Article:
When Fewer People smoke we all save money

We all deserve to live long, healthy lives that are free from preventable diseases and addiction. Unfortunately, the COVID-19 pandemic has highlighted the significant gaps in our state’s health care access, particularly when it comes to mental health and addiction services.

As a pediatrician at St. Luke’s and as medical director of Wilderness Health, I am working to build partnerships to ensure every Minnesota resident can access health services so they can live healthy lives that are free from addiction and mental illness.

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Thankfully, there are simple investments that can make a huge difference in filling some of these gaps and improving health — especially when it comes to tobacco addiction. I enthusiastically support new investments in Minnesota’s tobacco-prevention and -treatment programs, which combat one of our state’s leading causes of preventable death and disease.

Right now, every Minnesotan can access free help to quit smoking, vaping, or chewing tobacco by calling 1-800-QUIT NOW or by visiting QuitPartnerMN.com. Our quit-tobacco programs are a great resource, and we can make an even greater difference by investing in community-based partnerships and stopping youth addiction before it even starts.

Prevention is so critical. We need to protect our children’s health. The latest state data found that one in five Minnesota high schoolers is using e-cigarettes and seven in 10 youth vapers are showing signs of dependence. The high levels of nicotine in today’s e-cigarettes can harm the developing brain and put our kids on a path to lifetime addiction. As someone committed to disease prevention and building health, these facts terrify me.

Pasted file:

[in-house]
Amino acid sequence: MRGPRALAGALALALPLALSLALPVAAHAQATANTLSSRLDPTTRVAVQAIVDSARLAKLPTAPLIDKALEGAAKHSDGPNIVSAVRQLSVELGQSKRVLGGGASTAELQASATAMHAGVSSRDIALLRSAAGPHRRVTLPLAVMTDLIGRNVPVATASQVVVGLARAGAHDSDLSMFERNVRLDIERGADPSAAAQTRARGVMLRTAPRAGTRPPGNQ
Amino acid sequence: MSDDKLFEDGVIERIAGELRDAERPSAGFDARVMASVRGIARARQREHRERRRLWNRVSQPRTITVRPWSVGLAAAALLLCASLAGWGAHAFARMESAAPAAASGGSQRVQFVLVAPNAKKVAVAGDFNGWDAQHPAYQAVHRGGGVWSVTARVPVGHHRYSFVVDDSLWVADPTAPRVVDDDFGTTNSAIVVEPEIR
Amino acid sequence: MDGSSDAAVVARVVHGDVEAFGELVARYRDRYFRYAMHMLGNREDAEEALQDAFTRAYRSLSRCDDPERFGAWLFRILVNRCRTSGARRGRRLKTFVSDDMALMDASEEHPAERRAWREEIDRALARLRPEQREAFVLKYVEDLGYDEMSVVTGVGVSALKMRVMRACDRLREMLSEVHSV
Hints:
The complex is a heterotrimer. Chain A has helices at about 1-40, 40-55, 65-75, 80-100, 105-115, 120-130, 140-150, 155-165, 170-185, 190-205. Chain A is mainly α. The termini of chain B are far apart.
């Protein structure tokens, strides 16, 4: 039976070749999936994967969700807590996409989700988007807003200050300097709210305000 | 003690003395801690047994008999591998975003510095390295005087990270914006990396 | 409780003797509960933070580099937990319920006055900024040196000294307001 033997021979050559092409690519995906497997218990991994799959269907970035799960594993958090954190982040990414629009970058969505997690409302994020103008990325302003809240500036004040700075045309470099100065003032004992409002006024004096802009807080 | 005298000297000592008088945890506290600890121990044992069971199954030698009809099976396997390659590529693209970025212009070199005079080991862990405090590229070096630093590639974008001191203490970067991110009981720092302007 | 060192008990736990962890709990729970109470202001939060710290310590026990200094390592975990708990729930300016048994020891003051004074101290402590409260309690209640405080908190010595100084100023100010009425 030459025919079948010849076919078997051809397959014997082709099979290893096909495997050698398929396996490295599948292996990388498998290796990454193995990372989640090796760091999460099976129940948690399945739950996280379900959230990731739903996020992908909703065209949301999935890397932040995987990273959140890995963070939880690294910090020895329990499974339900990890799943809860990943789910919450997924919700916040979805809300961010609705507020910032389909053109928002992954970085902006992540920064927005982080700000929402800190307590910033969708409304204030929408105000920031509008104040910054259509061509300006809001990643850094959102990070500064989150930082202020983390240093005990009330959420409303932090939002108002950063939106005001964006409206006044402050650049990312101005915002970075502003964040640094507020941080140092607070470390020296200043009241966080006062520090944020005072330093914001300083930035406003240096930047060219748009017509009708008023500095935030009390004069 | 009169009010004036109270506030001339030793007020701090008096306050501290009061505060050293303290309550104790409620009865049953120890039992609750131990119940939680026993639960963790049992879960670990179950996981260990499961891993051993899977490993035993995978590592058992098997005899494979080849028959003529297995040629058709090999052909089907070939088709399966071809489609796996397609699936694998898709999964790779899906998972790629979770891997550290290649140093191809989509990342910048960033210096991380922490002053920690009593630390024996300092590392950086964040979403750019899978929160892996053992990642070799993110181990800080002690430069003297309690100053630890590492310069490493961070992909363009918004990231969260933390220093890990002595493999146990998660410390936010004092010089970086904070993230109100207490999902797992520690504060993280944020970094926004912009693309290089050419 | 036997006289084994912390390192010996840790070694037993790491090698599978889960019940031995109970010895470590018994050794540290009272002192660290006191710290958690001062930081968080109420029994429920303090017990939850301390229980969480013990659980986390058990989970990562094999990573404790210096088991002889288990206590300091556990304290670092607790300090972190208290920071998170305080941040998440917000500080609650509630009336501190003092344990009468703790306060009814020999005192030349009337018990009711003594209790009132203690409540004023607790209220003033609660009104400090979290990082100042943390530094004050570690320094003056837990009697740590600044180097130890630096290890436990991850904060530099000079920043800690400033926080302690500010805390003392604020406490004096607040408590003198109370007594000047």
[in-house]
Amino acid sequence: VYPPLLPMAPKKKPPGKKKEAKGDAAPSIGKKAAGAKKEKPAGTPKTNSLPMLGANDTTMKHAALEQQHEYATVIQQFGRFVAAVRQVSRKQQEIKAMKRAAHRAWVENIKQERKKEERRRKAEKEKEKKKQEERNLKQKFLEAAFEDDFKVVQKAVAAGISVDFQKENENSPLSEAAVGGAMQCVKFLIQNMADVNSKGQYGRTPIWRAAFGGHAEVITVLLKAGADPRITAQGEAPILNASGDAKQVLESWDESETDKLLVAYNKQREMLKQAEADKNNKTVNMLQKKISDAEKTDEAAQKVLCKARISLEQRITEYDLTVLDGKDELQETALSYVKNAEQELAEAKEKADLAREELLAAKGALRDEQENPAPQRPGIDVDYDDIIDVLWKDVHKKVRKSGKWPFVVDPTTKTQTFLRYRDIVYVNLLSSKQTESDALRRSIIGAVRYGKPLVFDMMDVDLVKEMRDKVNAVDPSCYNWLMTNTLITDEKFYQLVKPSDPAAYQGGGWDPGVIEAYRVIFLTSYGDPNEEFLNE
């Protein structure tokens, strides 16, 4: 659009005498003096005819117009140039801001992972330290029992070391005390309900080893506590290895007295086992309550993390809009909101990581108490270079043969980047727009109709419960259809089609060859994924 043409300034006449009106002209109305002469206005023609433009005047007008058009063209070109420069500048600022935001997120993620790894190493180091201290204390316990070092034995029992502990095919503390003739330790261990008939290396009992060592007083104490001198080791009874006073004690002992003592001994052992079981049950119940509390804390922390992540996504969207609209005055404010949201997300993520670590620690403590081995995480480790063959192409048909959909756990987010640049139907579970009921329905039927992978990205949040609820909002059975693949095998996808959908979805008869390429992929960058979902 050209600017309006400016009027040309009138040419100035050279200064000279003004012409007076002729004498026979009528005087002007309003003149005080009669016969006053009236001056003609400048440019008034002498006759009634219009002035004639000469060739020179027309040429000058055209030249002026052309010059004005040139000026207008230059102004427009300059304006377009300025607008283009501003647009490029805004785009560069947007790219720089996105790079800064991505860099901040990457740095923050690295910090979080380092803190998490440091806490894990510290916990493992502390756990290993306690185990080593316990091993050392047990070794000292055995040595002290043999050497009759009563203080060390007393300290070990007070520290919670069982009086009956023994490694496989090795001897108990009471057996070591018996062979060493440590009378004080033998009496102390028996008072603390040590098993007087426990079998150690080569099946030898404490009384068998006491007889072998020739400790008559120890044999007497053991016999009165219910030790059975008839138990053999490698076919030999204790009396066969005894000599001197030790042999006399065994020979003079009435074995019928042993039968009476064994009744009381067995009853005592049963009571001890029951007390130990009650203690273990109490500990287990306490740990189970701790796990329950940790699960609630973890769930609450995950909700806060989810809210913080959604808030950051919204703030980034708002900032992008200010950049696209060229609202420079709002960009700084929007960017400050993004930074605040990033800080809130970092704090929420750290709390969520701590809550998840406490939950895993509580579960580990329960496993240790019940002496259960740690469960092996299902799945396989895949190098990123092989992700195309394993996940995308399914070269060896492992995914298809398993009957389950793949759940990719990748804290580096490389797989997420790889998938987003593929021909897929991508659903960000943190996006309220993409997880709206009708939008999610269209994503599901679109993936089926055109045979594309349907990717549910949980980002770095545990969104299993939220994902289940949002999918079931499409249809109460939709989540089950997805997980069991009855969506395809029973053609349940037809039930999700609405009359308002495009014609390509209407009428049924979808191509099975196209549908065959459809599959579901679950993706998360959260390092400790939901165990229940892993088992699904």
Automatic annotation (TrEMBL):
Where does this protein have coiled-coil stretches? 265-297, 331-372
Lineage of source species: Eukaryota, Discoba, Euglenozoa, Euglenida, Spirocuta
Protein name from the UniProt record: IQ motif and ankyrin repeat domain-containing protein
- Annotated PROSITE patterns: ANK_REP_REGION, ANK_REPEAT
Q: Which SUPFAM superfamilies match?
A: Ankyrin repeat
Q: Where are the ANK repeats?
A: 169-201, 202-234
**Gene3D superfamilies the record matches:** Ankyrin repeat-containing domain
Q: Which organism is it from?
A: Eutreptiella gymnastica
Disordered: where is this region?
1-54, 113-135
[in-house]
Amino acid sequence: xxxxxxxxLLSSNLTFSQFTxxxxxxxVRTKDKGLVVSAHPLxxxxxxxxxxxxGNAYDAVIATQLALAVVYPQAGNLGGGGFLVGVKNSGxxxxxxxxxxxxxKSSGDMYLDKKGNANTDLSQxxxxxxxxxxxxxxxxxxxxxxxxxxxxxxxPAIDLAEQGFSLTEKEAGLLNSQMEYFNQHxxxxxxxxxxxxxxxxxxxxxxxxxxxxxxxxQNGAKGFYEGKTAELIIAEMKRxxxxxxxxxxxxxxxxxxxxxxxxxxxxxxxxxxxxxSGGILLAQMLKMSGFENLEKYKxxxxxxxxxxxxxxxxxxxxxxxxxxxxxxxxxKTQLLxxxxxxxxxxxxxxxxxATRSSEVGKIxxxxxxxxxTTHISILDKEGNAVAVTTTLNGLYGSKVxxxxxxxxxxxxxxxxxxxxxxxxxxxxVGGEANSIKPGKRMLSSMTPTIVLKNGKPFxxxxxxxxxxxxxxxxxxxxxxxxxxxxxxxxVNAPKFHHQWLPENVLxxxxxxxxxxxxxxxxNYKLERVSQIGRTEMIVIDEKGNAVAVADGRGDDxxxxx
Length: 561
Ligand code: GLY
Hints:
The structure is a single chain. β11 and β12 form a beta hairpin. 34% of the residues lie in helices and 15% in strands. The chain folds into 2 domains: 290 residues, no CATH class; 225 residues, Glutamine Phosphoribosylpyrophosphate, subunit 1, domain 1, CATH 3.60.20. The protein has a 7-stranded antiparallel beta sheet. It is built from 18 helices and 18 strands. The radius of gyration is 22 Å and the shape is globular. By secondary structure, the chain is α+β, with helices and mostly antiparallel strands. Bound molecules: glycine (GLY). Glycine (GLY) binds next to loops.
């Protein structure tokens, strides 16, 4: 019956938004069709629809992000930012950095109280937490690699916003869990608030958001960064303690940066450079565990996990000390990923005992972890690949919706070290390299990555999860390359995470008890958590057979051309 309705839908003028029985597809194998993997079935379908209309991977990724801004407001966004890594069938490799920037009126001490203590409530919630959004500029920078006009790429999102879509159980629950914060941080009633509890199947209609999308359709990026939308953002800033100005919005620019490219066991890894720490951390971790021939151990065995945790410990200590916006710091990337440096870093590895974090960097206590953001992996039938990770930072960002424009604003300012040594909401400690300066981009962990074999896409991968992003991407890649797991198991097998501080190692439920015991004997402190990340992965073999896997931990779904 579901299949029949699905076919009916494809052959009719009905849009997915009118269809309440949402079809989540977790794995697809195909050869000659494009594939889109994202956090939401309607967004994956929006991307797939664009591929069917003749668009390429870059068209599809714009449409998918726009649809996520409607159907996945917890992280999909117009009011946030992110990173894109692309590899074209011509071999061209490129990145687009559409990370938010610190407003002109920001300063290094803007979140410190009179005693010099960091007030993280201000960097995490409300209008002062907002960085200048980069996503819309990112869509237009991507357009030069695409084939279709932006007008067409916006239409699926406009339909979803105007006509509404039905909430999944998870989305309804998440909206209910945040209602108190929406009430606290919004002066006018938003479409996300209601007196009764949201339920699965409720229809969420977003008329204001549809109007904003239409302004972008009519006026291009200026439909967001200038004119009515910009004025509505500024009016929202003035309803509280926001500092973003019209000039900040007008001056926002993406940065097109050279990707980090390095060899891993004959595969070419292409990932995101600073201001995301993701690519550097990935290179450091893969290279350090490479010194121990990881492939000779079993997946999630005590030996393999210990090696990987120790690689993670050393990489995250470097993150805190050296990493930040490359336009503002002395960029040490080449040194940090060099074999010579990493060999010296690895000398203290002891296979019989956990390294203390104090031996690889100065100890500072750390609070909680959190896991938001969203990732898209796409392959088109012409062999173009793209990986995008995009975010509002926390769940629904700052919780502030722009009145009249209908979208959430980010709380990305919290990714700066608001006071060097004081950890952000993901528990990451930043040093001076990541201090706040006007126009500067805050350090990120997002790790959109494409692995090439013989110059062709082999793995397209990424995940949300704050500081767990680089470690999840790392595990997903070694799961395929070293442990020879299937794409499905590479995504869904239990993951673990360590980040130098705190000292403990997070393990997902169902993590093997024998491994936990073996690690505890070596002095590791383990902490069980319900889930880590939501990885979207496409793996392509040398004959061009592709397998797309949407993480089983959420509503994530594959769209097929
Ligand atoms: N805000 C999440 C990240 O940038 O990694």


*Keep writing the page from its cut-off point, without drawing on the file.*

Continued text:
Nicotine is an incredibly difficult addiction to break, and it can be even harder for people experiencing mental illness. Thankfully, we know that access to services including counseling and medication can double the chances of success.

Contrary to popular belief, quitting smoking actually improves mental health and lowers anxiety, depression, and stress.

As a community and a state, let’s do more to support the health and well-being of our kids and those harmed by commercial tobacco. If we invest just two or three cents of every dollar of tobacco revenue, we can reduce addiction, improve health, and save lives. And when fewer people smoke, we all save money.

There are several proposals to make these investments in tobacco prevention and treatment being considered at the Minnesota Capitol in St. Paul this legislative session. I encourage all our lawmakers to support these proposals in 2021.

Dr. Gretchen Karstens is a pediatrician at St. Luke’s hospital in Duluth and the medical director for Wilderness